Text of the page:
Pregnant woman shot in stomach indicted in unborn child's death

Woman faces manslaughter charge

By Holly Yan and Madeline Holcombe, CNN
Pleasant Grove Police Department

A grand jury indicted Marshae Jones based on her alleged role in starting a fight that led to the gunfire.

Once again, Alabama is at the forefront of a nationwide debate over the rights of pregnant women.

This time, the controversy stems from the case of a pregnant woman who was shot in the stomach and is now charged with manslaughter for the death of her unborn child.

A Jefferson County grand jury indicted Marshae Jones, 27, based on her alleged role in starting a fight that led to the gunfire, CNN affiliate WBMA reported.

The indictment, however, may or may not lead to prosecution, according to a statement from the Jefferson County District Attorney Bessemer Division's office.

"While the Grand Jury has had its say, our office is in the process of evaluating this case and has not yet made a determination about whether to prosecute it as a manslaughter case, reduce it to a lesser charge or not to prosecute it," Bessemer Cutoff District Attorney Lynneice Washington said.

"We will announce our decision only after all due diligence has been performed."

The law firm of White Arnold & Dowd in Birmingham said it is representing Jones.

"The unprecedented decisions made in this matter have brought harm to Marshae and to the reputation of the state of Alabama," the firm said in a statement. "Our goal is to support Marshae through this process, to vigorously advocate for her exoneration and to ensure that a grave injustice does not occur."

The fight was about the baby's father

Jones was five months pregnant in December when she got into a fight with another woman outside a Dollar General store in Pleasant Grove, just west of Birmingham, the station said.

Authorities say the dispute involved the baby's father, AL.com reported.

"It was the mother of the child who initiated and continued the fight which resulted in the death of her own unborn baby," Pleasant Grove police Lt. Danny Reid told AL.com shortly after the shooting.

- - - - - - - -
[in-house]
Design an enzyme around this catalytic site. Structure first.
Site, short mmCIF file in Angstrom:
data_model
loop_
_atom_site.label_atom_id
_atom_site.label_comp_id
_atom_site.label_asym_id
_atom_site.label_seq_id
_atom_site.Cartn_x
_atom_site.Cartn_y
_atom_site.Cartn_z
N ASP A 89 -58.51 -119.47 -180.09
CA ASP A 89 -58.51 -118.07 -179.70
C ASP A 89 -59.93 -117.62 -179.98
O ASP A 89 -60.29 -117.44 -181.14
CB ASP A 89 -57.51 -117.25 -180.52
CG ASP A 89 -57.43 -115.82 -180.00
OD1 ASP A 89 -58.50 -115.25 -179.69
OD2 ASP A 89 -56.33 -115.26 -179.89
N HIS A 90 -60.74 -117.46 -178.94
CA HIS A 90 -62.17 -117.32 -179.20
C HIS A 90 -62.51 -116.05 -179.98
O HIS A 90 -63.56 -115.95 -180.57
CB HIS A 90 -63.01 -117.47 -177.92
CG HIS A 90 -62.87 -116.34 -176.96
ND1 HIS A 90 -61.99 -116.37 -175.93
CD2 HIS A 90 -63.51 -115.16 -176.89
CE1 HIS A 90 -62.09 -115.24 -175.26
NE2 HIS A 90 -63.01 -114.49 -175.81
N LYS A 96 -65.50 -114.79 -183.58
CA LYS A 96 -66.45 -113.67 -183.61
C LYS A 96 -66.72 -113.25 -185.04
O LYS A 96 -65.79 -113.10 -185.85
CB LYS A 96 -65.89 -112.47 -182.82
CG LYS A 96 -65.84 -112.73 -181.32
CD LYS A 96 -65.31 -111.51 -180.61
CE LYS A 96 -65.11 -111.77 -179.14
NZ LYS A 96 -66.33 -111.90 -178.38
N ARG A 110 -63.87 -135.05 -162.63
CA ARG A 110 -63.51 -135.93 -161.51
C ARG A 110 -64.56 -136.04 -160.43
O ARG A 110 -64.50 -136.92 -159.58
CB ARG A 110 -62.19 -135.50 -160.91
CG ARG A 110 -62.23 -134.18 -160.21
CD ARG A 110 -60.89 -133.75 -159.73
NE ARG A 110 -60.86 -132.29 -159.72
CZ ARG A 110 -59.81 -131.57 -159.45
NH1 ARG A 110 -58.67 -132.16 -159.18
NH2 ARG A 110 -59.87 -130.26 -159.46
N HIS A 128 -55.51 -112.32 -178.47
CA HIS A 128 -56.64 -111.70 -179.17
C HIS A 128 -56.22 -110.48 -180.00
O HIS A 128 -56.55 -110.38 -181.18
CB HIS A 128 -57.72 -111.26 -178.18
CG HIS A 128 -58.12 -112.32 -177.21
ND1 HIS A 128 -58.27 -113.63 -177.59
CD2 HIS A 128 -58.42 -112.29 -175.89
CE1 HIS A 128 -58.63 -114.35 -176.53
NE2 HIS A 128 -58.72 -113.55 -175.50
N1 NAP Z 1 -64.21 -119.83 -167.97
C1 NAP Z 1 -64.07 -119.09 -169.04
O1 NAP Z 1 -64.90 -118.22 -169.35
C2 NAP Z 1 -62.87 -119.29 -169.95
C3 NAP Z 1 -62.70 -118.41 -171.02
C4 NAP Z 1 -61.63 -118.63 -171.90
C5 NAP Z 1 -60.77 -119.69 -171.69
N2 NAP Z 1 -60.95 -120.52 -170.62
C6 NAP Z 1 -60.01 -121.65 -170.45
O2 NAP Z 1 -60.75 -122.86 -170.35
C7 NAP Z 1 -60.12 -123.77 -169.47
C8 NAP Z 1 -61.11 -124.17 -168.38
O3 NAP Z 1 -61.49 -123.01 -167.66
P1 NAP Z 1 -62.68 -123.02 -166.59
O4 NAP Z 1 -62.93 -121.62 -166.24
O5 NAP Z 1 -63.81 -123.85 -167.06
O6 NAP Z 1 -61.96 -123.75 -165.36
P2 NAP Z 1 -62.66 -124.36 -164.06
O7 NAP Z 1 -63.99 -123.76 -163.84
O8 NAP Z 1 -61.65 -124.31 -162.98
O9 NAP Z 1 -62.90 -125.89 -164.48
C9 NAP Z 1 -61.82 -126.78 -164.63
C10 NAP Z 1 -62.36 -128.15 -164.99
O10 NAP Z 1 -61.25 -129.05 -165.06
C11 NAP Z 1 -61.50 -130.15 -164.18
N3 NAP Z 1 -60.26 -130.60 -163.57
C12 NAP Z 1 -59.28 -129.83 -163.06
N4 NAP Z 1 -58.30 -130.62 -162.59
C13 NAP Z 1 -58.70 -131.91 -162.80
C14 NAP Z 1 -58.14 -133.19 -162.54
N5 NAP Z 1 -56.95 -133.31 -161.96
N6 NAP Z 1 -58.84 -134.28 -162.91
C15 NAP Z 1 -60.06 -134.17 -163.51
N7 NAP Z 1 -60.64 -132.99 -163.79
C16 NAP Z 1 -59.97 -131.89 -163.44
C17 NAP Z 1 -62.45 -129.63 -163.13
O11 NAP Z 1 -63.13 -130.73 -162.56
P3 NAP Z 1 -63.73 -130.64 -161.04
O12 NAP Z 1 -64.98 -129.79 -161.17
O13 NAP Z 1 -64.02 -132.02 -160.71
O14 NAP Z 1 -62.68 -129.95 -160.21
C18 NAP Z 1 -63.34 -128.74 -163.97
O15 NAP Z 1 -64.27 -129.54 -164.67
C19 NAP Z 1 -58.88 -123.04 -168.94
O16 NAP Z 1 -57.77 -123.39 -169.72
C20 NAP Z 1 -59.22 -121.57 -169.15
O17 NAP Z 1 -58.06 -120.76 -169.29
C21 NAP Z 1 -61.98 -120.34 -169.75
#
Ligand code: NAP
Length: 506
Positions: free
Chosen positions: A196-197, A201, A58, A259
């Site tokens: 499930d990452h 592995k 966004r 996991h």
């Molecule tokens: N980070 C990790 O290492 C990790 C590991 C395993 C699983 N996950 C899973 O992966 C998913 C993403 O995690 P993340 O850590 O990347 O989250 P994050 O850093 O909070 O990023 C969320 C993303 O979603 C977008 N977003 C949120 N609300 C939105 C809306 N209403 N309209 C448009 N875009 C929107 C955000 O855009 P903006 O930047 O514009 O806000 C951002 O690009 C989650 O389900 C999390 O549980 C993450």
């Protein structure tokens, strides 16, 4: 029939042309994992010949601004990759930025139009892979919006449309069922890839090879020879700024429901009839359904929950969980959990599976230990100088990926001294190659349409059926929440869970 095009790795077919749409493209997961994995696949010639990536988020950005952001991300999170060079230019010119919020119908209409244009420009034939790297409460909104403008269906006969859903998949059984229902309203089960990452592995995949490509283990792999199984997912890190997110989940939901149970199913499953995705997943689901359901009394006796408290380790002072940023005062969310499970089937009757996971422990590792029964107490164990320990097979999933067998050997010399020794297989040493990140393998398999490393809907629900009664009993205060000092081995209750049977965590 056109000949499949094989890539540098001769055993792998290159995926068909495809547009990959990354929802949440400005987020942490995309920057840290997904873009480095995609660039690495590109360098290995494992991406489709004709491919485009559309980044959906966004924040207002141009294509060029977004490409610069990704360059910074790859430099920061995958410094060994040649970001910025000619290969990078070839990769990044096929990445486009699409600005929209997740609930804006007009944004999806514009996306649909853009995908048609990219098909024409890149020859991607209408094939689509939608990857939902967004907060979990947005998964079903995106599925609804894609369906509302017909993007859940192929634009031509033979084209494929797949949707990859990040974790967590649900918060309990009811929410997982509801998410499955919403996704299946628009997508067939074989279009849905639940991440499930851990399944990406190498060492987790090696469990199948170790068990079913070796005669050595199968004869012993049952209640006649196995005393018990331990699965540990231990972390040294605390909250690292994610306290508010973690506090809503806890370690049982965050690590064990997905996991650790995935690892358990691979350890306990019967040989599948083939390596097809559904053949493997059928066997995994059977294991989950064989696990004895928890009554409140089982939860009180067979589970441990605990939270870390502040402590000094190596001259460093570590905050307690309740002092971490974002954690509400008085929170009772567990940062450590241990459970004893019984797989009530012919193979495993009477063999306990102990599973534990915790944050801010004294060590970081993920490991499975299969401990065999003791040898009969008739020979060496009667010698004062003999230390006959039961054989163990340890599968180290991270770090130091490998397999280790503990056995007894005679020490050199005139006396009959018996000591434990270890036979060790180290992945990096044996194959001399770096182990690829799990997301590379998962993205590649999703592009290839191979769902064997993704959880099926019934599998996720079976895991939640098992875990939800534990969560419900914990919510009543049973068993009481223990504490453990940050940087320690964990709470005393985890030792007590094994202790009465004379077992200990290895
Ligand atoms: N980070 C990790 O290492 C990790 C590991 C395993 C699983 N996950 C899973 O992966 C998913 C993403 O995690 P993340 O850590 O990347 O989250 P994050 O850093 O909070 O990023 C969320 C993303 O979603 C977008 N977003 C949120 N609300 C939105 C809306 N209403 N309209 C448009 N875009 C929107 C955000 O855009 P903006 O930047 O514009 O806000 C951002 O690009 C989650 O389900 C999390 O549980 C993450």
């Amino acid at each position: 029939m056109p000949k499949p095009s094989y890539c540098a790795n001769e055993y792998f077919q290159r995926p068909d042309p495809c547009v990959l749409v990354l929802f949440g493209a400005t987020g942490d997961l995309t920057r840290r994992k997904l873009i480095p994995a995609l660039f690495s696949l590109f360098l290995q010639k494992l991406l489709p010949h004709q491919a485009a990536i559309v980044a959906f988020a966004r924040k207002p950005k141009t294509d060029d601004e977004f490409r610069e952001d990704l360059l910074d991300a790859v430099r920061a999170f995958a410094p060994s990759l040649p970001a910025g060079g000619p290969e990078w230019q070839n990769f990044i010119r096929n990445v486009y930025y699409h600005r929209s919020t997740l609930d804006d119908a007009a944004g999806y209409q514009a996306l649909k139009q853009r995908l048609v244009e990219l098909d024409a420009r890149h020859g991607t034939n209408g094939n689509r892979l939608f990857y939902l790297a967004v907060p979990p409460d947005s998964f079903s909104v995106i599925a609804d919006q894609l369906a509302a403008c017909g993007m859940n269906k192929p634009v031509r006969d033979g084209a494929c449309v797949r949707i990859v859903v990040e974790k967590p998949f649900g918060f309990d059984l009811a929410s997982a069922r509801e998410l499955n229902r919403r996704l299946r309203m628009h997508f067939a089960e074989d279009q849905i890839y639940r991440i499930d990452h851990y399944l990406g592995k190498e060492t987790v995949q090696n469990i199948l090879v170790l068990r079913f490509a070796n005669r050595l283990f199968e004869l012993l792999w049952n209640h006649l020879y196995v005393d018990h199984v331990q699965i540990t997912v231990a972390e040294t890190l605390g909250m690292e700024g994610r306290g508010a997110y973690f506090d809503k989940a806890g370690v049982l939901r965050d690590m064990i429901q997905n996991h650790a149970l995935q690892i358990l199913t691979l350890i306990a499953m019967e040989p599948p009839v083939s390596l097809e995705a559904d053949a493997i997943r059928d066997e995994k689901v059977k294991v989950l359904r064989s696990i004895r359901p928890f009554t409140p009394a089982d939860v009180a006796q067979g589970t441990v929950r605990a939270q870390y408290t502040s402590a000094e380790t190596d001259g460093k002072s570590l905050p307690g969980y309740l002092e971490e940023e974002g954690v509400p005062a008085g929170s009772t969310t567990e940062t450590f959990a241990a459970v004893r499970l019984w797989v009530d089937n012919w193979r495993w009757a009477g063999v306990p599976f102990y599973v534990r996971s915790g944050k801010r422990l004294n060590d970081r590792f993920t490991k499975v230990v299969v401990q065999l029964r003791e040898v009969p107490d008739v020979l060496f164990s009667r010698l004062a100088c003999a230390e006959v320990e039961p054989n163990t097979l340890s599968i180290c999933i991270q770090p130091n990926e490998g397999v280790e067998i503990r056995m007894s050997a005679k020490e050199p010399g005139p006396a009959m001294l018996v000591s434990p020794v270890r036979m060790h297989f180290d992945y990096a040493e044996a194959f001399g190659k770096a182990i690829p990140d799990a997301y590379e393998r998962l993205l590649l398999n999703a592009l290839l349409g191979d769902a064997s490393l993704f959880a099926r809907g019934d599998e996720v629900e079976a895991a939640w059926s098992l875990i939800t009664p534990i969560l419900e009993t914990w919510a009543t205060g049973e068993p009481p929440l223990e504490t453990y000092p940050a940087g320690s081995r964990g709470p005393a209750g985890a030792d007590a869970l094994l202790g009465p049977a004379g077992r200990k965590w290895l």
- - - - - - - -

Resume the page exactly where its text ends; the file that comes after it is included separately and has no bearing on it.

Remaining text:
He said the fight caused the other woman, Ebony Jemison, to react and defend herself. He would not describe Jones, the pregnant woman, as a shooting victim.

"The investigation showed that the only true victim in this was the unborn baby," Reid said.

But that characterization incensed critics who say Alabama keeps prioritizing fetuses over women.

Last month, the state passed the country's strictest abortion law, which makes virtually all abortions illegal. The law says doctors who perform illegal abortions could face up to 99 years in prison.

Why Alabama's new abortion law might not take effect

The Yellowhammer Fund, which helps women who are unable to afford an abortion or the costs of travel, said Jones' indictment is ridiculous.

"Marshae Jones is being charged with manslaughter for being pregnant and getting shot while engaging in an altercation with a person who had a gun," Executive Director Amanda Reyes said in a statement.

"The state of Alabama has proven yet again that the moment a person becomes pregnant their sole responsibility is to produce a live, healthy baby and that it considers any action a pregnant person takes that might impede in that live birth to be a criminal act."

According to Alabama law, manslaughter happens when:

-- A person recklessly causes the death of another person; or

-- A person causes the death of another person under circumstances that would constitute murder, "except that he or she causes the death due to a sudden heat of passion caused by provocation recognized by law, and before a reasonable time for the passion to cool and for reason to reassert itself."

Manslaughter is a Class B felony, punishable by up to 20 years in prison.

Jemison, the accused shooter, initially faced a charge of manslaughter, AL.com reported. But a grand jury declined to indict the 23-year-old.

The Pleasant Grove Police Department has not responded to CNN's requests for comment.

CNN's Danielle Hackett, Leanna Faulk and Tina Burnside contributed to this report.

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